Review: Koya – An Authentic Udon Noodle House in Soho
Published 23 July 2010
Koya reminds me of some of the main reasons why I’ve stayed in London since graduating. There’s just so much good food here that I would miss if I was anywhere else, and because of its status as a melting pot of cultures, there’s an abundance of authentic restaurants from countries around the world.
Koya is a small Japanese restaurant that’s opened up on Firth Road in Soho, but its more than just a Japanese restaurant. It is an authentic udon-ya, a Japanese noodle bar specialising the thick white fat noodles known as udon. Over here in the UK we think of noodles as something quick and simple, symbolised by pot noodles, or more recently, the middle scale fast food Wagamama chain.
But in Japan, the udon noodle is a really important part of Japanese food culture, but udon-yas in every neighbourhood, and there is often much debate and competition between chefs at different udon-yas to produce the best bowl of noodles and dashi broth.
In Koya, the udon noodle is freshly handmade every day, taking up to 5 hours, with the wheat flour imported from Japan. The wheat is kneaded by feet apparently, in the traditional way, but fear not, everything is done to proper health and safety regulations, and I haven’t fallen ill either of the two times I have eaten at Koya!
While they do serve rice dishes and a small selection of starters, it is the noodles that you must try. Confusingly, there’s four different kinds:
- Hot udon noodles in hot broth
- Cold udon noodles with hot broth
- Cold udon noodles with a dipping sauce
- Cold udon noodles with a cold sauce to pour
For those who frequent Wagamama and the like, what you would have had is the traditional hot udon noodles in hot broth. The second option is a serving of chilled udon noodles with a separate bowl of soup, for you to soak the noodles in. The third option is chilled upon with a cold light soya sauce mixture, where you dip the udon in to give it some flavour. And the final option is cold upon noodles with a thicker saltier sauce which you have to mix with the noodles before eating. If you’re confused, don’t worry – none of the options are very out of the world, and if you like Japanese noodles, you’ll like any of the 4 options.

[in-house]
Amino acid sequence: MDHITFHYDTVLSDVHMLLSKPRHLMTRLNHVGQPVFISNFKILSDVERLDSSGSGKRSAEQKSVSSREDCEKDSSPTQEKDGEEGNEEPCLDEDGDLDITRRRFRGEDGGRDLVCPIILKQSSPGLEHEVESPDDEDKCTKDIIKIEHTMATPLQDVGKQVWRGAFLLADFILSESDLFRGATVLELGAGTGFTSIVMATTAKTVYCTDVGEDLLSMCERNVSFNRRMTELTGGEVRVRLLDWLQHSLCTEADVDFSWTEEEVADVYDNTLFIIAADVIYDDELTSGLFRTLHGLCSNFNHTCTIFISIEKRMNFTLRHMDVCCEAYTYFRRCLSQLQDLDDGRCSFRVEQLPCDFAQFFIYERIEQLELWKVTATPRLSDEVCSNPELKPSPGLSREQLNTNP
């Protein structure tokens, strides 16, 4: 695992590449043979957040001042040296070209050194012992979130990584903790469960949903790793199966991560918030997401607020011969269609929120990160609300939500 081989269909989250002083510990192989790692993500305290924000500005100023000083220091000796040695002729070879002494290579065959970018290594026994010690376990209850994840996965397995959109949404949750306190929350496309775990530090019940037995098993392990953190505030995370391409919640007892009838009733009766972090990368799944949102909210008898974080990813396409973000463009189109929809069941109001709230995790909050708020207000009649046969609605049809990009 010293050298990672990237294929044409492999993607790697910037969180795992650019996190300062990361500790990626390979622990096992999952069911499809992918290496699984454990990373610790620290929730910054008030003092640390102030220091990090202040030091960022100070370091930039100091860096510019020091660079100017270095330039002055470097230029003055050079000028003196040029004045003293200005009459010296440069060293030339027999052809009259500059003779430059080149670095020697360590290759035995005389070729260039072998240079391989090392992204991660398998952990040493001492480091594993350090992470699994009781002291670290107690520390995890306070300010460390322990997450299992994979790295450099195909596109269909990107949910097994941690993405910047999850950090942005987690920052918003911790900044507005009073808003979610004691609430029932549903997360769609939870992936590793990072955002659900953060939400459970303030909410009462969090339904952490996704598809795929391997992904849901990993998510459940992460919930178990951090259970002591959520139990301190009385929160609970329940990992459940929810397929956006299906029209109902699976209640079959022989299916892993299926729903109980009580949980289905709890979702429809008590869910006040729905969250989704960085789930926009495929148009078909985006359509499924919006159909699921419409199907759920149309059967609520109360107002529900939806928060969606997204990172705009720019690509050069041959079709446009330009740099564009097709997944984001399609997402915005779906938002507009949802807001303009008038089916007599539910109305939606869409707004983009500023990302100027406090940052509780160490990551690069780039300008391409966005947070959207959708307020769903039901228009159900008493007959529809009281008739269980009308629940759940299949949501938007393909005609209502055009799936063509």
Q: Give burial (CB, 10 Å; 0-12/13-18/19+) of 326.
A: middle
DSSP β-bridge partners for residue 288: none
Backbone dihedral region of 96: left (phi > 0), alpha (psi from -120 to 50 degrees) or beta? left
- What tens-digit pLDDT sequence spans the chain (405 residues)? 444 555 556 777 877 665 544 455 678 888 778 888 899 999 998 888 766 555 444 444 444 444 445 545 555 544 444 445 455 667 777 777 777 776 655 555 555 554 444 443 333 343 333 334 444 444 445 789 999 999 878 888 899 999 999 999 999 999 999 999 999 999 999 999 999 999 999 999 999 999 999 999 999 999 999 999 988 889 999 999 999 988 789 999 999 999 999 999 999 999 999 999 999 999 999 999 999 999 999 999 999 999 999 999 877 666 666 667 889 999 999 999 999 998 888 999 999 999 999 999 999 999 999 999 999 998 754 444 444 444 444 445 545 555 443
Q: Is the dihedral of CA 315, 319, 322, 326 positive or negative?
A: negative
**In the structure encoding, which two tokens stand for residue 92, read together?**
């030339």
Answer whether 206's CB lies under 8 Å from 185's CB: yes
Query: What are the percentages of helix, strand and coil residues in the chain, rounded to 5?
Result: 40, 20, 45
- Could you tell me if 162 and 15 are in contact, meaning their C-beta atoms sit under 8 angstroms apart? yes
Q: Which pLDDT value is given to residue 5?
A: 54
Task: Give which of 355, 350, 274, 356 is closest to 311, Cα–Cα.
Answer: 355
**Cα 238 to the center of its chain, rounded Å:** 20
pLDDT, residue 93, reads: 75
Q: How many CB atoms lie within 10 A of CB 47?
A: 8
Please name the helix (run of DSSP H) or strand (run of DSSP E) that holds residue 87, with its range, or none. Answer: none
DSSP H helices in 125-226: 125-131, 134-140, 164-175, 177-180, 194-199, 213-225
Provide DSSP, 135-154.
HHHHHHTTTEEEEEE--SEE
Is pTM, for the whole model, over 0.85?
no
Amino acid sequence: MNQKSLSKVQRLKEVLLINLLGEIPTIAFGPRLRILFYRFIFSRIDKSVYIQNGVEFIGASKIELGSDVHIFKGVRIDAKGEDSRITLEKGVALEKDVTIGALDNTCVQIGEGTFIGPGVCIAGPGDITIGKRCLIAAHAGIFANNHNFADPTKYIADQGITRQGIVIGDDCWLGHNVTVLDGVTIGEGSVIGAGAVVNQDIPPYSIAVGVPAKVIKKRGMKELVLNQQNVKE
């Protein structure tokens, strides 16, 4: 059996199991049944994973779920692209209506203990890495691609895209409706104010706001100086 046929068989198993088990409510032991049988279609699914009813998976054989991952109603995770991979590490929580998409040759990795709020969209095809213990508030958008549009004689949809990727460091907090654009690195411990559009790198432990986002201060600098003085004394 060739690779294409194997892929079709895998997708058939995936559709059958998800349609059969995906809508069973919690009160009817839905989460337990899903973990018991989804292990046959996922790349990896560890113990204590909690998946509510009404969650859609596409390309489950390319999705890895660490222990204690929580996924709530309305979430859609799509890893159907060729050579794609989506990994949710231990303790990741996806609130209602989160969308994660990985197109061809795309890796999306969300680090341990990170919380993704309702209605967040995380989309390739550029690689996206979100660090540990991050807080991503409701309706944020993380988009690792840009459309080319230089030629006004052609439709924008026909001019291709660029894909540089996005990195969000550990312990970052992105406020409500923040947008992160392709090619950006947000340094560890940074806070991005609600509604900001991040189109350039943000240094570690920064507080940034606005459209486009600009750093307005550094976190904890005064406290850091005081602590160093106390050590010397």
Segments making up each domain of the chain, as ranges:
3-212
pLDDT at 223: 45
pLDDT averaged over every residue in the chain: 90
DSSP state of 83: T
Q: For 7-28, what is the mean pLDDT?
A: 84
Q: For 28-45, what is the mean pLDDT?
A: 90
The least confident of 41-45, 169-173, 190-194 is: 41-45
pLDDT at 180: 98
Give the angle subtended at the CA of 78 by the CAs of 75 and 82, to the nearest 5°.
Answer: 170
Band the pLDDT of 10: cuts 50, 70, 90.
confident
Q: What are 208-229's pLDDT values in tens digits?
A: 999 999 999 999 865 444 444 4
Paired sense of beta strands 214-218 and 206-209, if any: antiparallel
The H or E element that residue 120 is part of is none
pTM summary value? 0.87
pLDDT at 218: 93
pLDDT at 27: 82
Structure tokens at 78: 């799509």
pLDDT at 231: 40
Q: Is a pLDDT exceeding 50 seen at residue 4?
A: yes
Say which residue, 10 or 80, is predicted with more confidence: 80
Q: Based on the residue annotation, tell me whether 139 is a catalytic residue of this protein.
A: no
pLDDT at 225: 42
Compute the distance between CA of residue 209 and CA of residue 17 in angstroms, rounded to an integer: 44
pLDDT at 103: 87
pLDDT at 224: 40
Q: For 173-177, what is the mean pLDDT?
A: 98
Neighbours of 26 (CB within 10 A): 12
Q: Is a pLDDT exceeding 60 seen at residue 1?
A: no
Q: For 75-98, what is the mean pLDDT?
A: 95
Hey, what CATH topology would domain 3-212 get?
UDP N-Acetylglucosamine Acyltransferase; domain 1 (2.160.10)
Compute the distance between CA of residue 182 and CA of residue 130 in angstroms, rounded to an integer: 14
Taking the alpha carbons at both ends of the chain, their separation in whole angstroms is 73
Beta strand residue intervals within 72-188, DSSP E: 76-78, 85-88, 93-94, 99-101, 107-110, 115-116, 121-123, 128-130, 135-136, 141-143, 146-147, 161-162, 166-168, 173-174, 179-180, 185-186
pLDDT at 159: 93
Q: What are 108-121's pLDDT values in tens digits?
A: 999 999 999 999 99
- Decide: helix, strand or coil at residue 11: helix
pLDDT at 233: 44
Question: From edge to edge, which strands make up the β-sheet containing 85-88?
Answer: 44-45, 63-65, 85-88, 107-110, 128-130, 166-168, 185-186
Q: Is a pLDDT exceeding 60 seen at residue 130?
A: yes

On my first visit, I had the Hiyashi Buta Miso (£8.50), which was pork and miso paste with cold udon and cold sauce to pour. While the noodles were slightly springy and surprisingly good, the sauce and miso paste were slightly salty, and the pork lacked any firm consistency to contrast with the noodle. My partner’s Niku Hiya-Atsu (£8.50), cold udon with hot broth and beef, was much better and more traditional, with the noodles served separately from the steaming bowl of dashi soup. Particularly recommended is adding a poached egg (£1.50) to the hot soup, as the still liquid egg yolk adds a richness to the soup base. We also tried the ten mori (£10.00), a mixture of prawn and vegetable tempura. The prawn tempura was literally the biggest I have ever had, massive king prawns wrapped in delicate tempura batter, and the flesh was very firm and juicy, a sign of extremely fresh prawns.
On our second visit, we had the Kakuni (£6.00), braised pork belly with cider, which came in a tapas size serving and was extremely tasty, with perhaps the only downside that it came with maybe too much fat and not enough meat. I decided to be more adventurous with my noodle choice this time round, ordering the Curry Udon (£9.00), which came with lightly fried aubergine. While the taste was good, I could sense it wasn’t Koya’s strong point, and one could have easily made it at home with a packet of Japanese sweet curry sauce that lines the shelves in Japanese supermarkets. My partner’s Niku (£8.50), beef with hot udon in hot broth, was a very traditional choice but well executed, with a very light but addictive broth and spring onion and minced ginger garnishing.
Verdict: The only downside of Koya is that when you leave, you end up wanting more! The noodle portions are generous considering that they are premium handmade udon noodles, however non-noodle lovers will find that each bowl comes with a very skimpy portion of meat or vegetable. Do order the prawn tempura, as it is really one of the best in London, even though the price is rather steep. In the winter, the hot ginger drink, which is home-made, goes very well with the meal, serving as a palate cleanser before and after your noodles.. Overall, don’t expect to have a cheap noodle meal at Koya, but rather its a way to experience true authentic udon noodles without having to go to Japan.
Cuisine: Traditional authentic Japanese Udon Noodle House
Price: £8-10 for a bowl of noodles, starters from £4-10
Address: Koya Noodle House, 49 Frith Street, Soho, London W1D 4SG
Opening Hours: Mon-Sat 12:00-15:00 / 17:30-22:30
Booking tel: Unfortunately, no reservations are taken for Koya
Official Website: www.koya.co.uk
Full menu can be downloaded in PDF here.